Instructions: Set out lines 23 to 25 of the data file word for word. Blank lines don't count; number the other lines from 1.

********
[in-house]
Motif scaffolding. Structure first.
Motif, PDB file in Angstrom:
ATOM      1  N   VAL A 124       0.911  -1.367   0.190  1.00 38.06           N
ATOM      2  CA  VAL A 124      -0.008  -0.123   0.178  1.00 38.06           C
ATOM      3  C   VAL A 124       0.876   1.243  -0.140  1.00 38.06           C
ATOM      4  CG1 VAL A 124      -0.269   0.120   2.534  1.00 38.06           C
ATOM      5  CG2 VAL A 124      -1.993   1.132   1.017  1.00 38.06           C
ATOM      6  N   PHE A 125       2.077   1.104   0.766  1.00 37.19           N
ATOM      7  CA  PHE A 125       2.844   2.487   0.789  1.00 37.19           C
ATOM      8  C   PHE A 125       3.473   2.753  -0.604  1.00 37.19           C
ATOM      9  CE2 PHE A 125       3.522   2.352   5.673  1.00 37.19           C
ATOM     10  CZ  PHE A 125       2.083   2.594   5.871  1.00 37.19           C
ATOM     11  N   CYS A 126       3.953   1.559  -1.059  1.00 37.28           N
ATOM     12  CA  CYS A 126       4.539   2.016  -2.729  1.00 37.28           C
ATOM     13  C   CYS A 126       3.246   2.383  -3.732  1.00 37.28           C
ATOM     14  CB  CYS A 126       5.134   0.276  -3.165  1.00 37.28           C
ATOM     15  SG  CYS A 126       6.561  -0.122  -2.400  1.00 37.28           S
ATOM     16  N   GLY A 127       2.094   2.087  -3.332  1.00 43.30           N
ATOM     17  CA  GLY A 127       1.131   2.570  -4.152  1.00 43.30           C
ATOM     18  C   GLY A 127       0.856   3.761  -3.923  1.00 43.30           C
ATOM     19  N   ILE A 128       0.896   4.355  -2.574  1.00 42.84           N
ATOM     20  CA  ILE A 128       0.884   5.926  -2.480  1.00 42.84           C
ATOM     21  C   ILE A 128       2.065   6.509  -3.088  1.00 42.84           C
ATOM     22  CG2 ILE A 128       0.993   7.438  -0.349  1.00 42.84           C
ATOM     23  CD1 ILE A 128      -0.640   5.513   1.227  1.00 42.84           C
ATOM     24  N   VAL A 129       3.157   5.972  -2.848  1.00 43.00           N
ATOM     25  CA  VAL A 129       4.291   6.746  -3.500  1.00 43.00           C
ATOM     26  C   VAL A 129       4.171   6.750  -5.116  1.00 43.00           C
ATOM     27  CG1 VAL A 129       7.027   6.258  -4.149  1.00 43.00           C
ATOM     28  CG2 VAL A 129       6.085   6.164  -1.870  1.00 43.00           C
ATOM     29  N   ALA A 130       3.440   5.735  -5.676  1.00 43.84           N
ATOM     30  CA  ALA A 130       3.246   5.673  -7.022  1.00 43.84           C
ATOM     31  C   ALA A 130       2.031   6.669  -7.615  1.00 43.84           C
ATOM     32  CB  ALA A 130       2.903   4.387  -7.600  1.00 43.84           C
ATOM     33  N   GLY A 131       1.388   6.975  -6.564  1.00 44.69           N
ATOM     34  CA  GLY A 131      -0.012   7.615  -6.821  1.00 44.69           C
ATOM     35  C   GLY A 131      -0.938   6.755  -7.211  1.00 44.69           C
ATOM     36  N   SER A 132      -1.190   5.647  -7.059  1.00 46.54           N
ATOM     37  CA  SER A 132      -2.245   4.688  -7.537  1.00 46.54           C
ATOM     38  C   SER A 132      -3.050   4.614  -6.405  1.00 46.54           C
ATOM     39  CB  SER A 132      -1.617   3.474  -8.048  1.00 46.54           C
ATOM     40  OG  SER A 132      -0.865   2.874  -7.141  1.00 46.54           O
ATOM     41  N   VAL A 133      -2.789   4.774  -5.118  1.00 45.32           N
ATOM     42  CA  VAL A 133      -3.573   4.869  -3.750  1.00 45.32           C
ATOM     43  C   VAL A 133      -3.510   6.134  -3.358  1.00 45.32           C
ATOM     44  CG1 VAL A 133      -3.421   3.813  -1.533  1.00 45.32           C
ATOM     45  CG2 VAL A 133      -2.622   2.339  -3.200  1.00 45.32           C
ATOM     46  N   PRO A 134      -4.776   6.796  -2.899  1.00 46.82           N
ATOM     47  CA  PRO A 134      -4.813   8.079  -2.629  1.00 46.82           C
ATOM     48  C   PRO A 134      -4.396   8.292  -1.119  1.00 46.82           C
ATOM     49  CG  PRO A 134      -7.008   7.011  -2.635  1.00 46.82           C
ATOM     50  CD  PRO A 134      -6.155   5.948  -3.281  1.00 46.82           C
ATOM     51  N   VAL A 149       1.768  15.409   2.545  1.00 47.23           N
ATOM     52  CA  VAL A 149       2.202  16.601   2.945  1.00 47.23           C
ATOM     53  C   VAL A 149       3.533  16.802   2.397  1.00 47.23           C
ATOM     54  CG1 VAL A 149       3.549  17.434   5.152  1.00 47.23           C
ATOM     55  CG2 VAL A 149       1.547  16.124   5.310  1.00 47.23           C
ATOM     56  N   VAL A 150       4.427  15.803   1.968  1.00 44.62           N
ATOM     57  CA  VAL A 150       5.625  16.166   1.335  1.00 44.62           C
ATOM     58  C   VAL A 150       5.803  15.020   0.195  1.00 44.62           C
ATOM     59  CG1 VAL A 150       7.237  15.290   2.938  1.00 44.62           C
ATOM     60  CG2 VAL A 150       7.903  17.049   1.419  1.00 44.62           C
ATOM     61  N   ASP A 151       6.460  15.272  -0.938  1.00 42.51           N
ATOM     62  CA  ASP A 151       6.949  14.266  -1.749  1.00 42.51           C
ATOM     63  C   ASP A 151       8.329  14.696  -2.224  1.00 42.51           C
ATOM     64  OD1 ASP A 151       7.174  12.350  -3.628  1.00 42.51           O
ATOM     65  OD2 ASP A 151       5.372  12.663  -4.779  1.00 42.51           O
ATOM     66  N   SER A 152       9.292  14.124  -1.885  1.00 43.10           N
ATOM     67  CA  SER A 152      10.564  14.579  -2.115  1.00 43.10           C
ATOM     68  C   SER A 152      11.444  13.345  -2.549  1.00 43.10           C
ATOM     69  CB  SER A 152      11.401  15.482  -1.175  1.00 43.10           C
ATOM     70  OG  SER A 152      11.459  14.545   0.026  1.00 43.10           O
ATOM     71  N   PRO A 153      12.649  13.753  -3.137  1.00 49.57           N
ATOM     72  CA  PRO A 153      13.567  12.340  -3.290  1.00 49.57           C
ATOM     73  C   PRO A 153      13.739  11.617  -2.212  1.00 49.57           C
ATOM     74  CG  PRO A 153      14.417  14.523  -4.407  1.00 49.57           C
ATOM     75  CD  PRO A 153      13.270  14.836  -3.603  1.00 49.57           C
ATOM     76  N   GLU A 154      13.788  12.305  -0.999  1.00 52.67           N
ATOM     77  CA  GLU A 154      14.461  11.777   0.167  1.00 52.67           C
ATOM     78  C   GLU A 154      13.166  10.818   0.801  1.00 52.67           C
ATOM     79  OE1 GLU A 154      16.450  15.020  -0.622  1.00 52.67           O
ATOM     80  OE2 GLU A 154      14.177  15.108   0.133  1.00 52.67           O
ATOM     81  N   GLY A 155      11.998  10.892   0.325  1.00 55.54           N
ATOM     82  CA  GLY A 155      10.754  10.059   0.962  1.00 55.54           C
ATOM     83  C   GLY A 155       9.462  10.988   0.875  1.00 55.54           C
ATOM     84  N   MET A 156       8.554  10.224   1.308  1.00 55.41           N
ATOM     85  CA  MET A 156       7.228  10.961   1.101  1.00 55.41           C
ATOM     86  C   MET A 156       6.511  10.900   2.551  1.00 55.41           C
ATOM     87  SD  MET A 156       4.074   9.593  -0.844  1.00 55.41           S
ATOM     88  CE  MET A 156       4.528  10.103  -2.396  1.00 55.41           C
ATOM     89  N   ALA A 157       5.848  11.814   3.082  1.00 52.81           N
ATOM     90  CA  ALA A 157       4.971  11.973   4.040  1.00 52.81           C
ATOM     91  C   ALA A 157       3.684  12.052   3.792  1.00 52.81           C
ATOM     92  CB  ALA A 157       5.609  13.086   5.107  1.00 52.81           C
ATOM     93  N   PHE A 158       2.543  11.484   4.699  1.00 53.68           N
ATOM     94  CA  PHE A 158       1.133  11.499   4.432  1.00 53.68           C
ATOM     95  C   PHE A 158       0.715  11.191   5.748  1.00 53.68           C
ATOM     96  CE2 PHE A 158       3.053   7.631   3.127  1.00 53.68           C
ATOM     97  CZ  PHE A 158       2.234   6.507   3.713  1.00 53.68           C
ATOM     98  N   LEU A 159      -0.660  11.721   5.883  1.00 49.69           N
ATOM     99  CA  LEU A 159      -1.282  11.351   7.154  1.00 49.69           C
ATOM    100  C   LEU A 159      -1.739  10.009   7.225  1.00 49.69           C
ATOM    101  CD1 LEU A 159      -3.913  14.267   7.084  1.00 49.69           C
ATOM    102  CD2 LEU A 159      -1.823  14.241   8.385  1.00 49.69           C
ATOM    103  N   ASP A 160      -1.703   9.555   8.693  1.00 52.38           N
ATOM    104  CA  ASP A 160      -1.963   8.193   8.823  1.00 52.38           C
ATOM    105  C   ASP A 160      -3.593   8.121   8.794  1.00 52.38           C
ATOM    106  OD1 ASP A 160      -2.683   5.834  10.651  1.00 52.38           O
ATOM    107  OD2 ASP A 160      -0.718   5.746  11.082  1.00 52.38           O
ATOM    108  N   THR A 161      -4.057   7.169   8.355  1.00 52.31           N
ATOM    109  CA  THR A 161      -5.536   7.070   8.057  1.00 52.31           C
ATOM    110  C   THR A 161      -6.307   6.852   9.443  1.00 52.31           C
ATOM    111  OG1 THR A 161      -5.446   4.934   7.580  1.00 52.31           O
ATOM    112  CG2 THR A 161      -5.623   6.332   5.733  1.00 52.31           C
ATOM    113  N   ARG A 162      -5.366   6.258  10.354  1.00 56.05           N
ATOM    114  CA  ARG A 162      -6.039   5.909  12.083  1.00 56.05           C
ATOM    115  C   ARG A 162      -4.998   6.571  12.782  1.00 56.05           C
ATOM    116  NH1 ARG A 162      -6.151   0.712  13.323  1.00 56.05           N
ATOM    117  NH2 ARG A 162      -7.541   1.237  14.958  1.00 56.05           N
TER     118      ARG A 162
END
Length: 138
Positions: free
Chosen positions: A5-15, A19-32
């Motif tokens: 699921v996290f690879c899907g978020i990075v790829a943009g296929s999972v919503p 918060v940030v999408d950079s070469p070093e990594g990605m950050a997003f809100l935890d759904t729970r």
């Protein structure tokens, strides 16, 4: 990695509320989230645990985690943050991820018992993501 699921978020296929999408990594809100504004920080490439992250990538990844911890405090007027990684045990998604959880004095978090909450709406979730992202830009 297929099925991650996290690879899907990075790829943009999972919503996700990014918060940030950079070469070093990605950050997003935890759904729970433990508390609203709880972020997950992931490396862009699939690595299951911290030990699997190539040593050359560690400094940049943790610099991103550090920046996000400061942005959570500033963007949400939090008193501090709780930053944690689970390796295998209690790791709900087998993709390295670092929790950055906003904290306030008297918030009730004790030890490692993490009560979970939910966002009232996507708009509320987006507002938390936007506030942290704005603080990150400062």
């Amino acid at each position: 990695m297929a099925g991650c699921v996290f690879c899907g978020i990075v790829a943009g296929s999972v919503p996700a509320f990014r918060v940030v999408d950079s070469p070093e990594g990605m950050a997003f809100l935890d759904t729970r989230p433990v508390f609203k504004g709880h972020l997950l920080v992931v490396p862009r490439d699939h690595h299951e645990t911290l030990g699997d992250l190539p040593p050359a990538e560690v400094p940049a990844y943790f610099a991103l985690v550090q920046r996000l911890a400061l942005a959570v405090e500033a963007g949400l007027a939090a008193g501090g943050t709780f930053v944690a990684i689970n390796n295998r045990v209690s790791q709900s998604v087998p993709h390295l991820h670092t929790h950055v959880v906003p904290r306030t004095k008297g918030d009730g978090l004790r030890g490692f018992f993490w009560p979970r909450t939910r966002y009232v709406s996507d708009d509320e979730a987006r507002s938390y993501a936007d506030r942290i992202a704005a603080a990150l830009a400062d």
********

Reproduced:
ATOM     20  CA  ILE A 128       0.884   5.926  -2.480  1.00 42.84           C
ATOM     21  C   ILE A 128       2.065   6.509  -3.088  1.00 42.84           C
ATOM     22  CG2 ILE A 128       0.993   7.438  -0.349  1.00 42.84           C